UTRECHT, THE NETHERLANDS — Rabobank International forecasts online grocery sales, spurred by consumer stay-at-home habits during the coronavirus (COVID-19) pandemic, to reach 6.4% of total grocery sales by the end of 2021. Without COVID-19, online grocery store sales would have made up 4.6% of sales by the end of 2021, according to the forecast released in June.
Online grocery sales were 3.1% of total grocery sales at the end of 2019. Depending on several factors, online grocery sales could represent anywhere from 4.8% to 9.1% of total grocery sales by the end of 2021.
“While our model suggests that a wide range of outcomes are possible, we feel the direct, long-term impact of the pandemic on US online grocery sales will be fairly modest, with the most likely scenario leading to a 12- to 18-month acceleration in online grocery penetration compared to a scenario in which the pandemic never occurred,” the report said. “Even if the growth from COVID-19 is short-lived, we believe the recent increase in focus and investment in e-commerce is justified. While there are exceptions, many food and beverage companies have stalled e-commerce investments for so long there is little risk of an over-adjustment.”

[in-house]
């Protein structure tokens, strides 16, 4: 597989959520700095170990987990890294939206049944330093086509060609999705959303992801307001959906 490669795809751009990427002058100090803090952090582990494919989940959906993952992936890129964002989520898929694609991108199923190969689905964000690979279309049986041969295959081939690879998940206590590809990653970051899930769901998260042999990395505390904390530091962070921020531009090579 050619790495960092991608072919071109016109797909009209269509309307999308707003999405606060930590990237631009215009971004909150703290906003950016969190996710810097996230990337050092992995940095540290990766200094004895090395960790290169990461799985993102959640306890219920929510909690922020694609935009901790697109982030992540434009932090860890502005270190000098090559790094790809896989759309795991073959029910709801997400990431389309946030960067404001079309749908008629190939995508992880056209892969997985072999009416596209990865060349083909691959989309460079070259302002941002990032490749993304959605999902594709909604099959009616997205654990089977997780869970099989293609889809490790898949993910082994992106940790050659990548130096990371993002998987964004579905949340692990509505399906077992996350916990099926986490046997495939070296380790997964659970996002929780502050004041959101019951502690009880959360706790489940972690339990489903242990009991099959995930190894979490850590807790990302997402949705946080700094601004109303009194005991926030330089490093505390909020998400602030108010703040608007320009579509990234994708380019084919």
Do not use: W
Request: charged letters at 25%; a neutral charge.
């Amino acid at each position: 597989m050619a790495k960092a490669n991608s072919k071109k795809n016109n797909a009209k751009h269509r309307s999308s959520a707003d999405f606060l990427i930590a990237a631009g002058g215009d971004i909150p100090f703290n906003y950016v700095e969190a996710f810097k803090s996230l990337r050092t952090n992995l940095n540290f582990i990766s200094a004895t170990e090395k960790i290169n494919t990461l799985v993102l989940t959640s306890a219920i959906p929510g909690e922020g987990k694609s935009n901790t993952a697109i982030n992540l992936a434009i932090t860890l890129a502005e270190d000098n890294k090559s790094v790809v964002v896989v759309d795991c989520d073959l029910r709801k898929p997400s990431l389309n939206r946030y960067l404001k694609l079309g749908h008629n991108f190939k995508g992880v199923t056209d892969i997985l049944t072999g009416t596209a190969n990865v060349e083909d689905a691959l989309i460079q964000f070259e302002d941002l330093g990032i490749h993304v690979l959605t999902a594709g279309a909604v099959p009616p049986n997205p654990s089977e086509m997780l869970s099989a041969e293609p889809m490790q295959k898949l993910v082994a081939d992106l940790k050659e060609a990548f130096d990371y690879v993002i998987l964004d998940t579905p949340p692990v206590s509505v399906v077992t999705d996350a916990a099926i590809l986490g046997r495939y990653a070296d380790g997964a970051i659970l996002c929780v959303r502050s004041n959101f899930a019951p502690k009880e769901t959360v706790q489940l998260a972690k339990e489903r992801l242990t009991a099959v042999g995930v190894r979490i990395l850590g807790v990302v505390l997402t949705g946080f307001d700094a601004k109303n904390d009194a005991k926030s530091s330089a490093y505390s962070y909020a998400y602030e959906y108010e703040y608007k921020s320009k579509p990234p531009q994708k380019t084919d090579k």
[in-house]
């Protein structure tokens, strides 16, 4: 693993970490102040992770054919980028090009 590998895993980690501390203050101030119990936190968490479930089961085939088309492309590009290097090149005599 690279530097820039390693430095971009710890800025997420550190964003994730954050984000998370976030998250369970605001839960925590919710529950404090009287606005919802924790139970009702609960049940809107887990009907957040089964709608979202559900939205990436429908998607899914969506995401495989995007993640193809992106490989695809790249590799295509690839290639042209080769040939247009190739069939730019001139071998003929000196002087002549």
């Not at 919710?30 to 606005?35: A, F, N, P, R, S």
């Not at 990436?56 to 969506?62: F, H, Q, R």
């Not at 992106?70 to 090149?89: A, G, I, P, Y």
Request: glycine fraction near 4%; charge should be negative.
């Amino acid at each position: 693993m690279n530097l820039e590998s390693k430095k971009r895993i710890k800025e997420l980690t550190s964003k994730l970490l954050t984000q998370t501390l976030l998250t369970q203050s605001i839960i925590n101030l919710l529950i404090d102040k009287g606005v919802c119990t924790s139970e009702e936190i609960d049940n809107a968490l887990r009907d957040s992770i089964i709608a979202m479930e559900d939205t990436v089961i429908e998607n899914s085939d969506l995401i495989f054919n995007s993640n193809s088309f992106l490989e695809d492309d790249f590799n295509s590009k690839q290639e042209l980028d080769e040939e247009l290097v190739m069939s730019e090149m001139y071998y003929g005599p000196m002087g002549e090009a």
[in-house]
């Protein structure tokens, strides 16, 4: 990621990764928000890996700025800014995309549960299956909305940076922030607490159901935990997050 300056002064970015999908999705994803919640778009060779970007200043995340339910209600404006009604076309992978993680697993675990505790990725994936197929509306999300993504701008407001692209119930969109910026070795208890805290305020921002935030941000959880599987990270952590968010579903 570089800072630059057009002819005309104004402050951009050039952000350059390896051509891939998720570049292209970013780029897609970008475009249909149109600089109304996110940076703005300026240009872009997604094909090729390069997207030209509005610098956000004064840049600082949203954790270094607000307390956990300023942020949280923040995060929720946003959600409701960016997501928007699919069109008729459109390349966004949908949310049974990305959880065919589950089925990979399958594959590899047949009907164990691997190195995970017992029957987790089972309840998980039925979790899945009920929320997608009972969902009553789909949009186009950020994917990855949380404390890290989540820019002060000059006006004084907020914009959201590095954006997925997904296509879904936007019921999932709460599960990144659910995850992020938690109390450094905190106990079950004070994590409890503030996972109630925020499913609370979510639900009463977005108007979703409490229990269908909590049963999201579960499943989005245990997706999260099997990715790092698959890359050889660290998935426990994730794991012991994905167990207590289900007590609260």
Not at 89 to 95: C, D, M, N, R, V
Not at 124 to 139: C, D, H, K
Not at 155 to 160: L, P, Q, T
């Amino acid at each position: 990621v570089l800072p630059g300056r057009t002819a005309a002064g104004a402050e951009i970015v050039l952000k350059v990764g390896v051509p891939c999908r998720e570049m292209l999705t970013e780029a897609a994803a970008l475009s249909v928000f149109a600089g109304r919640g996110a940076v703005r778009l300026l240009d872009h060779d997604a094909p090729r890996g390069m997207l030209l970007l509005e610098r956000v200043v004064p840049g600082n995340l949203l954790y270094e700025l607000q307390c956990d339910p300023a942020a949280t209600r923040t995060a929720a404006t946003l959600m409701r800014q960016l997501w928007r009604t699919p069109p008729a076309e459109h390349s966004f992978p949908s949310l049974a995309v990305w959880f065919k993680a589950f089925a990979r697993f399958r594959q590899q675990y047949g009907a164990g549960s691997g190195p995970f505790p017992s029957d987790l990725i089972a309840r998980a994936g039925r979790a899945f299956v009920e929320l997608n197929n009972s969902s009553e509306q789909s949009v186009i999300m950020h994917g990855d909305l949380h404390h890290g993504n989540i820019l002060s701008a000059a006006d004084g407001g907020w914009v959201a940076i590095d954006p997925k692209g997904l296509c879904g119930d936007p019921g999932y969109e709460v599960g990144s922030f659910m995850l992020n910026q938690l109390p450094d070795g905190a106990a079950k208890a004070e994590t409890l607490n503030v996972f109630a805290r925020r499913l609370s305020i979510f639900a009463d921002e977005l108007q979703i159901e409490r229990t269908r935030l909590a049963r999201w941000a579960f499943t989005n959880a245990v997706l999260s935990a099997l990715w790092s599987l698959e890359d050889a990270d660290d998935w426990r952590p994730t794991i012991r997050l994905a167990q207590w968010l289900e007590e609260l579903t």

More first-time users, a high intensity of use and the length of the pandemic all could increase penetration of online sales. Bad user experiences, limited capacity and the demographics of new users could decrease penetration.
Getting consumers to create a login and complete their first order is the biggest hurdle for growing the online grocery business, according to Rabobank. Bad user experiences came early in the pandemic as grocers rushed to increase their ability to offer online shopping.
“Consumers who have been lucky enough or patient enough to get a delivery or pickup window are plagued by out-of-stock items, replacements and delays,” the Rabobank report said. “It is bad enough that ‘Saturday Night Live’ even had a skit poking fun at the problem.”
The percentage of people using curbside pickup at a store increased to 36% for the May 11-17 period from 19% for the March 23-April 5 period, according to Gallup data cited by Rabobank. The percentage of people who had groceries delivered rose to 14% for the May 11-17 period from 11% for the March 23-April 5 period.
Rabobank International cited a survey from FMI – The Food Industry Association showing baby boomers will be the least likely to stick with online grocery shopping. When asked how their online grocery shopping will change once the pandemic is over, 10% of baby boomers said they will buy more groceries online, which compared to 35% for Generation X, 40% for millennials and 34% for Generation Z. The percentages for buying less groceries online once the pandemic subsides were 20% for baby boomers, 10% for Generation X, 16% for millennials and 22% for Generation Z.
“In other words, older consumers really don’t want to shop for groceries online,” the Rabobank report said. “It literally took a pandemic to get them to start ordering groceries online. It would make sense, therefore, that they are harder to retain once the crisis is over.”